May Reduce Muscle Soreness*

Soreness is a part of training. However, excessive soreness can impair recovery, performance, and dissuade you from training hard the next time.

A 2020 systemic review and meta-analysis investigating 13 research studies on citrulline noted an overall reduction in muscle soreness both 24 and 48 hours after training with citrulline supplementation. (3) This is because the increased blood flow leads to better nutrient delivery. During and after your workout, citrulline can help your body deliver the nutrients it needs to support recovery, while clearing out waste products like lactic acid.

L-Citrulline Vs. Citrulline Malate: A Quick Comparison

Before you rush out to buy the first citrulline product or pre-workout with citrulline you come across, it’s important to note that not all products are created equally.

We only use and recommend L-Citrulline as opposed to Citrulline Malate. We cover the reasons why in this article on L-Citrulline vs Citrulline Malate.

To sum it up, if you purchase Citrulline Malate, you’ll be getting a 1:1 combination of L-Citrulline and Malic Acid by volume.

This means you are essentially getting half the dose of Citrulline. While this product may be beneficial, there is no data from human studies supporting the use of Citrulline Malate over pure L-Citrulline. Malate alone has not been demonstrated by research to provide the training benefits. Citrulline alone, in the form of L-Citrulline, has.  

Opting for pure L-Citrulline, you'll get more citrulline without any filler. get the optimal ratio of citrulline: 100% pure L-citrulline to support your workouts. This is the form you should be looking for when shopping for this supplement.

How Much L-Citrulline Should You Take Before Training?

To see optimal results from using L-Citrulline, consume 6-10g about 30-60 minutes before your workout session.

This is why in Kaged Pre-Workout we use 6.5g of L-Citrulline. This efficacious, research-backed dose will improve muscle pumps and provide the other benefits of pre-workout citrulline supplementation.

In Kaged Pre-Workout Elite, we take it further and give you 10g of L-Citrulline per scoop. This provides even more pumps.

We also have unflavored Fermented L-Citrulline powder, so you can add a boost of L-Citrulline to any stack.

Why We Use Plant-Based Fermented L-Citrulline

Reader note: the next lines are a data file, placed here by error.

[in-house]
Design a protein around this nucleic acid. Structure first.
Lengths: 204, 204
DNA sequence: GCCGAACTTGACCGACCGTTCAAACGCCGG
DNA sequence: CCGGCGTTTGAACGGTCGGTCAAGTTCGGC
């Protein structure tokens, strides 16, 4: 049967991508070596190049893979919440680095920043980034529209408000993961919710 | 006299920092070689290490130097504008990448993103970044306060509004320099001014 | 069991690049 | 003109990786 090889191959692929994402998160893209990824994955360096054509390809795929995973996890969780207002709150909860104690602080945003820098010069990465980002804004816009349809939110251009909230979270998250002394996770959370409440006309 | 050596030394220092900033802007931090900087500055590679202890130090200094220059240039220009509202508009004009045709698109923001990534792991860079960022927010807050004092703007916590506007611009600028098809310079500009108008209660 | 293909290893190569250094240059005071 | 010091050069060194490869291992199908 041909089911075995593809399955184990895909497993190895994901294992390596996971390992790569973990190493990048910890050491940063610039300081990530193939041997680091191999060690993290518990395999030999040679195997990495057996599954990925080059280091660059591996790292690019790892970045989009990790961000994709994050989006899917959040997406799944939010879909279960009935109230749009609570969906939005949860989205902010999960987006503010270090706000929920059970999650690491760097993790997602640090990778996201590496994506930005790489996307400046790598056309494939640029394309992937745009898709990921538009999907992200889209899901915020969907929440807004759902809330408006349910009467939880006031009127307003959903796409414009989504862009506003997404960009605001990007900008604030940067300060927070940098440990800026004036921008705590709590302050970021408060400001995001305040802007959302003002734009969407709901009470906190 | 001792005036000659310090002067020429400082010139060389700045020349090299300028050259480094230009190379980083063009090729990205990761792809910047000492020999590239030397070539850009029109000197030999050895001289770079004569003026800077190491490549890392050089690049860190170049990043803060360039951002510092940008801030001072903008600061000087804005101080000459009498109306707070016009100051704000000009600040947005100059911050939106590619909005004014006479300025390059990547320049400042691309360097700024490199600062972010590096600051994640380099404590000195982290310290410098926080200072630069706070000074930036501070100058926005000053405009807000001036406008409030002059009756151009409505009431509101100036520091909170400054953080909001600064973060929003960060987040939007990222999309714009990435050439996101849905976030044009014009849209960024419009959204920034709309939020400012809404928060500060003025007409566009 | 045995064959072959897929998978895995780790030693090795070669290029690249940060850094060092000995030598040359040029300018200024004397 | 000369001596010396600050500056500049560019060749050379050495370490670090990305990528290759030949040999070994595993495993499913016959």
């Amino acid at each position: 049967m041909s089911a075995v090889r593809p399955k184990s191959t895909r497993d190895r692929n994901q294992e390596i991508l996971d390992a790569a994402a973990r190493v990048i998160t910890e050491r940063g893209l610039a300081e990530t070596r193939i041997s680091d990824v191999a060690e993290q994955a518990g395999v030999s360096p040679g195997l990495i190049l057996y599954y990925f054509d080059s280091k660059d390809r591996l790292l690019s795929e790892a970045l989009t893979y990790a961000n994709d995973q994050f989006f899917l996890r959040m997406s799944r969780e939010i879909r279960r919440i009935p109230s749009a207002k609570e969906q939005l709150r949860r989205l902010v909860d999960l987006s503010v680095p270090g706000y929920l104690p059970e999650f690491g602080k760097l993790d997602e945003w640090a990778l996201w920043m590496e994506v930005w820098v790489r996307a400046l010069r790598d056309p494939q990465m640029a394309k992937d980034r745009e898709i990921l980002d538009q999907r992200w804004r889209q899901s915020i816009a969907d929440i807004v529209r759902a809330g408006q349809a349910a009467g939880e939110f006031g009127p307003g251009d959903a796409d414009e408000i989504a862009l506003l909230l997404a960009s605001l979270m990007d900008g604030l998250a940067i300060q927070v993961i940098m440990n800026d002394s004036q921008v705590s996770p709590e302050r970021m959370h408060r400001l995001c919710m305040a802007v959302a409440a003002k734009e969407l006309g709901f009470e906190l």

It’s not just about the form of citrulline. We believe quality starts at the initial source and the raw materials. That’s why in all Kaged pre-workouts, we used a plant-based, fermented form of L-Citrulline.

We believe the quality of an ingredient starts from the source, and we choose to start with raw plants for our aminos.

In contrast, some brands use l-citrulline made from untested ingredients like bird feathers, human hair, and shreds of animal carcasses. These low-quality sources are called “animal by-product.” Of course, this isn’t what you want to put in your body.

From the plants, our patented form of L-Citrulline, called Aminature® , undergoes a process of microbial fermentation, to further distill the amino acids.

After final purification, the result is a clean, plant-based L-citrulline.

Does L-Citrulline Post-Workout Have Benefits?

While L-Citrulline does offer various physiological benefits that can be applicable at different times, its impact is most pronounced when taken pre-workout.

Post-workout, the focus generally shifts towards recovery nutrients like protein.

While L-Citrulline may aid in recovery due to its potential to enhance blood flow and thus nutrient delivery, this is not the primary use case for this supplement. There's limited evidence to suggest that L-Citrulline can dramatically accelerate recovery when taken post-workout.


  1. Sureda, Antoni et al. “L-citrulline-malate influence over branched chain amino acid utilization during exercise.” European journal of applied physiology vol. 110,2 (2010): 341-51. doi:10.1007/s00421-010-1509-4
  1. Bendahan D, Mattei JP, Ghattas B, et alCitrulline/malate promotes aerobic energy production in human exercising muscleBritish Journal of Sports Medicine 2002;36:282-289.
  1. Rhim, Hye Chang et al. “Effect of citrulline on post-exercise rating of perceived exertion, muscle soreness, and blood lactate levels: A systematic review and meta-analysis.” Journal of sport and health science vol. 9,6 (2020): 553-561. doi:10.1016/j.jshs.2020.02.003

*These statements have not been evaluated by the Food and Drug Administration.  This product is not intended to diagnose, treat, cure or prevent any disease.